Banner Ingredients: The magical combination of celery, carrots and onions anchors many a classic dish.
Carrots, celery and onions: together they're the secret weapon of comfort food.
By Ari LeVaux
The French word mirepoix describes a mixture of vegetables used to create an aromatic base of flavor for sauces, stews, stocks and many other dishes that go down especially well in these cold, dark days.
Classic mirepoix is typically two parts onion, one part carrot and one part celery, but it can be include other vegetables too, like leeks, fennel, thyme, parsley, parsnip or celeriac. And there are myriad variations, such as Cajun-style mirepoix--known colloquially as the Trinity--made from onion, celery and bell pepper, and Asian-style mirepoix made from ginger, garlic and scallion. What these variations have in common is that they provide an earthy foundation to whatever the ultimate dish may be.
One of the most common uses for mirepoix is stock, an important ingredient that should not be confused with soup, which is a finished dish. Many chefs don't even salt their stocks, preferring to save the seasoning until the final product is nearing completion. "If you're making risotto, salt in the stock can prevent the grains from absorbing water. You end up stirring and stirring until it's mush," says chef Jason Willenbrock, whose résumé includes a stint at Moulin de Mougin, a three-star Michelin restaurant in France.
Stock is usually made with mirepoix and bones, which add a gelatinous quality and a rich mouth-feel to the stock, thanks to their collagen content. Willenbrock is so into bones that he sometimes prefers them to the meat they carry. He starts by lightly rubbing turkey, chicken or beef bones with olive oil, and then oven-roasting them at 400 degrees for half an hour in a shallow baking dish, stirring occasionally.
"You don't have to roast the bones," he says, "but it adds color and intensity of flavor."
He adds the roasted bones to a big soup pot full of water, along with a coarsely chopped mirepoix, either traditionally proportioned or whatever he has around--a variation he calls "kitchen sink mirepoix." Since it's going to cook for a very long time, the veggies needn't be chopped particularly finely, and can even be added whole.
Then Willenbrock adds chopped tomatoes--for an even richer color and an acidic bite--and aromatic spices like bay leaves, black pepper and thyme. He lets the stock cook slowly at barely a simmer for eight to 10 hours. Then he strains out the bones and veggies and freezes the stock.
You can also make vegetarian stock by oven-roasting your mirepoix with a little olive or sunflower oil until it's browned but not burned, and then following the same recipe without the bones. The stock won't have the collagen-rich mouth-feel or the meaty flavor, but it will still have those aromatic earth tones.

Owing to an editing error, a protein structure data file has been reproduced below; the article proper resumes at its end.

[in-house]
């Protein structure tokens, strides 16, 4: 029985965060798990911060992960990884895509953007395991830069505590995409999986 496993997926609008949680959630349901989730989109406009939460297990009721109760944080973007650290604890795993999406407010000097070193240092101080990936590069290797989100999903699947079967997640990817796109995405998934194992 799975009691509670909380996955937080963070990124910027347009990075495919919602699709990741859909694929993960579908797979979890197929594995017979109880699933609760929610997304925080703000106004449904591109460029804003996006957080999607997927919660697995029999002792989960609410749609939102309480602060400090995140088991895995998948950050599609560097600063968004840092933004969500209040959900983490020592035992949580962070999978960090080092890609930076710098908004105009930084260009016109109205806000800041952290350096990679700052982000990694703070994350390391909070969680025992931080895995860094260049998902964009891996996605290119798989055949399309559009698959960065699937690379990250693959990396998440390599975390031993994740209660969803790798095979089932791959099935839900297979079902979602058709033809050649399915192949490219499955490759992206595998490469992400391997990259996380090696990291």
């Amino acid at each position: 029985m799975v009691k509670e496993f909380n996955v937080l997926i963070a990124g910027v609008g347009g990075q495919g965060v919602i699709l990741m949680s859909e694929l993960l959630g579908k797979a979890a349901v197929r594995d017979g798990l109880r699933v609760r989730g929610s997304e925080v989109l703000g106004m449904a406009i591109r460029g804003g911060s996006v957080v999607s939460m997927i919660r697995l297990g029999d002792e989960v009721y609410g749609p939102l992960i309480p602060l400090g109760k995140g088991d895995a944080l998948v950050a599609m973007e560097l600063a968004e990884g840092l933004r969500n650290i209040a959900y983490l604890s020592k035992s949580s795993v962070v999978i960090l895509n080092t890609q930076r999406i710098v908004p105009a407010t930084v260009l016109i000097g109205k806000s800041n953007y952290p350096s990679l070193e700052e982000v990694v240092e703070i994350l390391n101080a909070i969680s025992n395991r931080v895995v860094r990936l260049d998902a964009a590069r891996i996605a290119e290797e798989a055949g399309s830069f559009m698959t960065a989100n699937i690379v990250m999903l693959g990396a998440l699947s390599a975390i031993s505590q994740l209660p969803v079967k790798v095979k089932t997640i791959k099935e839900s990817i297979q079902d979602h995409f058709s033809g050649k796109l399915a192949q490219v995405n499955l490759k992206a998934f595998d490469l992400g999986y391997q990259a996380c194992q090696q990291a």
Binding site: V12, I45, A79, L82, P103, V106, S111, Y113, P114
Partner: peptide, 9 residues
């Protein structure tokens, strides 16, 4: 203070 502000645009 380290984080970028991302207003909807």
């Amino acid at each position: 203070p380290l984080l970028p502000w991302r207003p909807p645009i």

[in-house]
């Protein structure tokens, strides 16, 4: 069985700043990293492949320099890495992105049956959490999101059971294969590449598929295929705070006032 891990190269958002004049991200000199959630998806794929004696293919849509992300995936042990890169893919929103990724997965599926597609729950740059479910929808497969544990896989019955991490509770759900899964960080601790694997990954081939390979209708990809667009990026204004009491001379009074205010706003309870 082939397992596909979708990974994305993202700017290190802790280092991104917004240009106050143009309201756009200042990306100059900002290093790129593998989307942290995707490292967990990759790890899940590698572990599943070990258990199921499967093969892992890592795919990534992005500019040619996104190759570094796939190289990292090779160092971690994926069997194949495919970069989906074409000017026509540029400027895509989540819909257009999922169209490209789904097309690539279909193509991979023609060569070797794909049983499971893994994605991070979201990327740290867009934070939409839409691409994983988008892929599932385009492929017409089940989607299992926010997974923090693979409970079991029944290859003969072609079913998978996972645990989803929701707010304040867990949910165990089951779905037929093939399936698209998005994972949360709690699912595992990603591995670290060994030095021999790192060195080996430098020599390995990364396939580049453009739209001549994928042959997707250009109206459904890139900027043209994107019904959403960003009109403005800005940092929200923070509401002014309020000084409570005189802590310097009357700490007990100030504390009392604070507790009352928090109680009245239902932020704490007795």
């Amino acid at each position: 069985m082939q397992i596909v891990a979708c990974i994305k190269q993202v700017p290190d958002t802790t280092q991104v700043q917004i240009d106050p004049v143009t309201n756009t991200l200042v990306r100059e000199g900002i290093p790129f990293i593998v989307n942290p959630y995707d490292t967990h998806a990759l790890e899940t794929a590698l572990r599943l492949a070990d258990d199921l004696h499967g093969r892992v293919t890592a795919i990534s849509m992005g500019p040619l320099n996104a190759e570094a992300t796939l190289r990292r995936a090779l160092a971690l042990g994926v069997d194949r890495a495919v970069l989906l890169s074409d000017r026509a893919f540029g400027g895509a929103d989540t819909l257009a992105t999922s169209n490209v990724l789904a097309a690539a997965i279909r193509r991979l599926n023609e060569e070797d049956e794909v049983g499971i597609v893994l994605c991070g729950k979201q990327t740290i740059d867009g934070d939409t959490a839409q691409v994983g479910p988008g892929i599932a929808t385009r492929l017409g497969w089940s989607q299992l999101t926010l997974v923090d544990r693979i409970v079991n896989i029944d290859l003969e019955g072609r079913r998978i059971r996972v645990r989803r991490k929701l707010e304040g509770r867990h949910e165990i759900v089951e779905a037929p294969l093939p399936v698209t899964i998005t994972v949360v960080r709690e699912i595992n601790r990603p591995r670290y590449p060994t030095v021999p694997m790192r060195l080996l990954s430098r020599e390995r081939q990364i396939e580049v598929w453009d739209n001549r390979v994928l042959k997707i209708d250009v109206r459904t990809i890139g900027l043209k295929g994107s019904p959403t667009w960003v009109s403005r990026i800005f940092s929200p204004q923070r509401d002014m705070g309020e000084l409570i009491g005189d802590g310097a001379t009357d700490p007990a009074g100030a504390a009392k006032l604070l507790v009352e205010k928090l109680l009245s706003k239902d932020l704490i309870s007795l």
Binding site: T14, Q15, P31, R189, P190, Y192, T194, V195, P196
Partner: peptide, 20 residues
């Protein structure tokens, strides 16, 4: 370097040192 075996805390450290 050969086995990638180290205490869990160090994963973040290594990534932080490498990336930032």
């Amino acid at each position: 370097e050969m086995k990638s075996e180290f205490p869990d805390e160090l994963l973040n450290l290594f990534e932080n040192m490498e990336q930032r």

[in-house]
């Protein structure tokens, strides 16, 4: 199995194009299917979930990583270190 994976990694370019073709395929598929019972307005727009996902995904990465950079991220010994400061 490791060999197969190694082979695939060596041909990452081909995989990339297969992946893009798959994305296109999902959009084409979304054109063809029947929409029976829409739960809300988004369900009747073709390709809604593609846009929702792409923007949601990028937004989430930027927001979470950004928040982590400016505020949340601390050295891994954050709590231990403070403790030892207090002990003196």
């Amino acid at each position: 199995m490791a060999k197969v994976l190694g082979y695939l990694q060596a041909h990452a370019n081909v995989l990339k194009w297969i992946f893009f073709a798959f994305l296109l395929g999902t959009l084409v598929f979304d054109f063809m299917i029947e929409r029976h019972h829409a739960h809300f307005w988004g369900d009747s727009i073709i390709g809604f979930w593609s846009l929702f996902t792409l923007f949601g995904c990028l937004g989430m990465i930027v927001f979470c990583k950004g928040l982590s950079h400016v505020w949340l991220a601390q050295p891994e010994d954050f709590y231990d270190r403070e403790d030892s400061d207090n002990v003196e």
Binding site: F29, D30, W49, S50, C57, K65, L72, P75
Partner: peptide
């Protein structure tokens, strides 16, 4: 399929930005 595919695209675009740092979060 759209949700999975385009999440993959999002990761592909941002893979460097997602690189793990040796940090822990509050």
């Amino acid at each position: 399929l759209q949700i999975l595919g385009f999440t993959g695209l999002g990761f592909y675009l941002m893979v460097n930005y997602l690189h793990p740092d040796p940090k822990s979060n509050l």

I have a chicken soup recipe I call "Cheater's Chicken Soup." Simply purchase a roasted chicken and put it in a pot with chopped mirepoix, salt and pepper and maybe some fresh dill or roasted green chiles. When the chicken softens enough, I pull the bones and skin out (saving the bones to make stock), and violà! So easy it must be cheating.
Another classic cold-weather use of mirepoix is in a braise. Braising is a technique best applied to tough cuts of meat, which usually have more flavor than the tender cuts. And they're cheaper. And they have more collagen. Braising belongs to the "low and slow" category of cooking, similar to what goes on in a crock pot, but much more tasty, in my opinion.
Most braising recipes call for browning the meat first in oil or fat, making sure that all sides are nicely browned but not burnt. But I follow the lead of the late, great James Beard, who preferred to brown his meat under a broiler, which is easier, produces a better brown and draws fat out rather than adding it.
Place the browned meat on a bed of mirepoix in a baking dish, and add enough water (and/or stock, wine, sherry, etc.) to half-cover the contents. Cook slowly under a tight lid, which allows the steam to drip off the top and self-baste, and turn the meat occasionally to ensure even cooking. Add more liquid as necessary to prevent it from drying out and cook at 300 degrees until you can cut it with a spoon. It makes a dark and rich counterpoint to the dark, cold days of winter.
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